The Company is subject to a variety of risks in connection with any sale of loans it may conduct.
In connection with the Company’s sale of one or more loan portfolios, it may make certain representations and warranties to the purchaser concerning the loans sold and the procedures under which those loans have been originated and serviced. If any of these representations and warranties are invalid, the Company may be required to indemnify the purchaser for any related losses, or it may be required to repurchase part or all of the affected loans, which may be impaired. The Company may also be required to repurchase loans as a result of borrower fraud or in the event of early payment default by the borrower on a loan it has sold. The Company’s ability to maintain seller/servicer relationships with government agencies and government backed entities may be jeopardized in the event of the emergence of one or more of the above risks. Demand for the Company’s loans in the secondary markets could also be affected by these risks, which could lead to a reduction in related business activities.

The Company may be required to reduce the value of any loans it marks as held for sale, which could adversely affect its results of operations.

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The Company is exposed to risk of environmental liability when it takes title to property.
In the course of its business, the Company may foreclose on and take title to real estate. As a result, the Company could be subject to environmental liabilities with respect to these properties for property damage, personal injury, investigation and clean-up costs. The costs associated with investigation or remediation activities could be substantial. The Company may be subject to common law claims by third parties based on damages and costs resulting from environmental contamination emanating from the property.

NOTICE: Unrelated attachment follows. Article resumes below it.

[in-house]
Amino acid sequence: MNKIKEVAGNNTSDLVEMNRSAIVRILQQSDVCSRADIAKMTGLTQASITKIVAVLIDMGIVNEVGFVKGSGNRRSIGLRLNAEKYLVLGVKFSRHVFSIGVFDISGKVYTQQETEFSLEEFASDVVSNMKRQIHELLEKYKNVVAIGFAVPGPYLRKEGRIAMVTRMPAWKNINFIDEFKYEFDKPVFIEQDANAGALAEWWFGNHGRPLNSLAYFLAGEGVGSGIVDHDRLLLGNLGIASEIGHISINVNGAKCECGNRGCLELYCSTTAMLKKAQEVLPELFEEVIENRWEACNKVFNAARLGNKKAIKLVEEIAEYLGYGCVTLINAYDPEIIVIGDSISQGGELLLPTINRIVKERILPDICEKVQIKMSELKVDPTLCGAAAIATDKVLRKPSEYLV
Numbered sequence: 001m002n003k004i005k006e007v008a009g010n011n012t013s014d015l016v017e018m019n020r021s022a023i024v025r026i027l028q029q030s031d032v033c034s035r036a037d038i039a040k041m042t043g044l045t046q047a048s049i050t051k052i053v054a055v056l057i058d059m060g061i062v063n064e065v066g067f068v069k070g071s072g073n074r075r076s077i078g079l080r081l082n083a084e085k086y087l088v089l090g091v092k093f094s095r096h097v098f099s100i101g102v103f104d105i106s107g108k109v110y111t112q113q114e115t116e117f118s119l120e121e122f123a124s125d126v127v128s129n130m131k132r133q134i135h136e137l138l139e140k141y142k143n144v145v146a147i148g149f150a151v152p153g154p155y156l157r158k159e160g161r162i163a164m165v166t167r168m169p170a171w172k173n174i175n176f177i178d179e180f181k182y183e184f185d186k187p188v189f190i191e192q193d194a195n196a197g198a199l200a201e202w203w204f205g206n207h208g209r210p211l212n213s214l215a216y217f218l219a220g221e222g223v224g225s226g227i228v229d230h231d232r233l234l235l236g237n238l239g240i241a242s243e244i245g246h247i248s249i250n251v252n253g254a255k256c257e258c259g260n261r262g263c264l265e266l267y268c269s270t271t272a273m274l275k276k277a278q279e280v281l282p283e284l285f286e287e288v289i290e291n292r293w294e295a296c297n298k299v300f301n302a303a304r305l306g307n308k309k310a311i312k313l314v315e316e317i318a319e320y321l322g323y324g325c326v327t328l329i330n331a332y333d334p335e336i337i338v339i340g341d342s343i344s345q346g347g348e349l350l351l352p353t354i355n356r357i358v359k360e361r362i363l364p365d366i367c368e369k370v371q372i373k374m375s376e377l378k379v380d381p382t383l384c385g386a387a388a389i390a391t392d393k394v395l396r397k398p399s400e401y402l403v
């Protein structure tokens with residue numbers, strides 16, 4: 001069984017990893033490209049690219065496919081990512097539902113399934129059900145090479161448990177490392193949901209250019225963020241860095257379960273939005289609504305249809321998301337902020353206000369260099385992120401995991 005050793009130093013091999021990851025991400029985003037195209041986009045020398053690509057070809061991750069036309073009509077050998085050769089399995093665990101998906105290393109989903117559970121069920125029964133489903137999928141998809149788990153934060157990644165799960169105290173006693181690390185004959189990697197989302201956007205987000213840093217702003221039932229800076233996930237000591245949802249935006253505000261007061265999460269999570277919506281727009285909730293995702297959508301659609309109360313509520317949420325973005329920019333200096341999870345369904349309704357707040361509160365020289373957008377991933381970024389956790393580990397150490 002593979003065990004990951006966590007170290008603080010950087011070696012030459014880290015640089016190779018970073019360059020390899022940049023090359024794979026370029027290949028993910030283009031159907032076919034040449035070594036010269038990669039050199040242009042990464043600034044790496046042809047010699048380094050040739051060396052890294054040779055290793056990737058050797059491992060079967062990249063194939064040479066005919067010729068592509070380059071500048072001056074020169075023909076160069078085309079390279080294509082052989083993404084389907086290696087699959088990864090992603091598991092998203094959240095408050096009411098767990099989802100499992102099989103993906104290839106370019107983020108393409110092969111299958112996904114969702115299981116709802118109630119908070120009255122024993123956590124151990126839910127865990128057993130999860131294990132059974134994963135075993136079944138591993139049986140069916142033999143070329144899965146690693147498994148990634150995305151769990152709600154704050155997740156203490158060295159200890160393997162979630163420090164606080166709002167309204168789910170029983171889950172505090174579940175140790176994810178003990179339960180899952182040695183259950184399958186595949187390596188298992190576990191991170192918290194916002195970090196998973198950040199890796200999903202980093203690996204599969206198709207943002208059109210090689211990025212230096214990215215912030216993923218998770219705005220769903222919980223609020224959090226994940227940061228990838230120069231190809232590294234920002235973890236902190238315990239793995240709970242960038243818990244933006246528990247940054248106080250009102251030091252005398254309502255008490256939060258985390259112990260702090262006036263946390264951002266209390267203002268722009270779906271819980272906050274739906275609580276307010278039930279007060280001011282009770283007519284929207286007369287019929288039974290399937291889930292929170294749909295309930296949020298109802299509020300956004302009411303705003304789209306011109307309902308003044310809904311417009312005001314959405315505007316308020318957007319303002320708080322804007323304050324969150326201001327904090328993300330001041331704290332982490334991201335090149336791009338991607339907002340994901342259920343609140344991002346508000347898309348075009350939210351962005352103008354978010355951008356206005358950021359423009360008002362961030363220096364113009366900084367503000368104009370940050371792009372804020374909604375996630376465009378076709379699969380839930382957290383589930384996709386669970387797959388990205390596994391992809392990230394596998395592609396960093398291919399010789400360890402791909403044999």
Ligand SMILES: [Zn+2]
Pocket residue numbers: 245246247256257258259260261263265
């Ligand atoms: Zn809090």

Operating
Expansion, Growth, and Acquisitions Could Negatively Impact Earnings If Not Successful.
The Company plans to grow organically, by geographic expansion, through business line expansion, and through acquisitions. Successful expansion depends on the maintenance and development of an adequate infrastructure. Success also depends on customer acceptance and the long-term recruitment and retention of key personnel and acquired customer relationships. Profitability depends on whether the income generated will offset the increased operating expenses. The Company implemented certain expense restructuring activities, related in part to the rationalization of acquired operations. Changes in operations may result in inefficiencies or control deficiencies.

Merger and acquisition activities are subject to a number of risks, including lending, operating, and integration risks. Such growth requires careful due diligence, evaluation of risks, and projections of future operations and financial conditions. Adverse developments could have a material adverse effect on the Company's financial condition and results of operations. Acquisitions often involve extensive merger agreements, which may lead to litigation risks or operating constraints.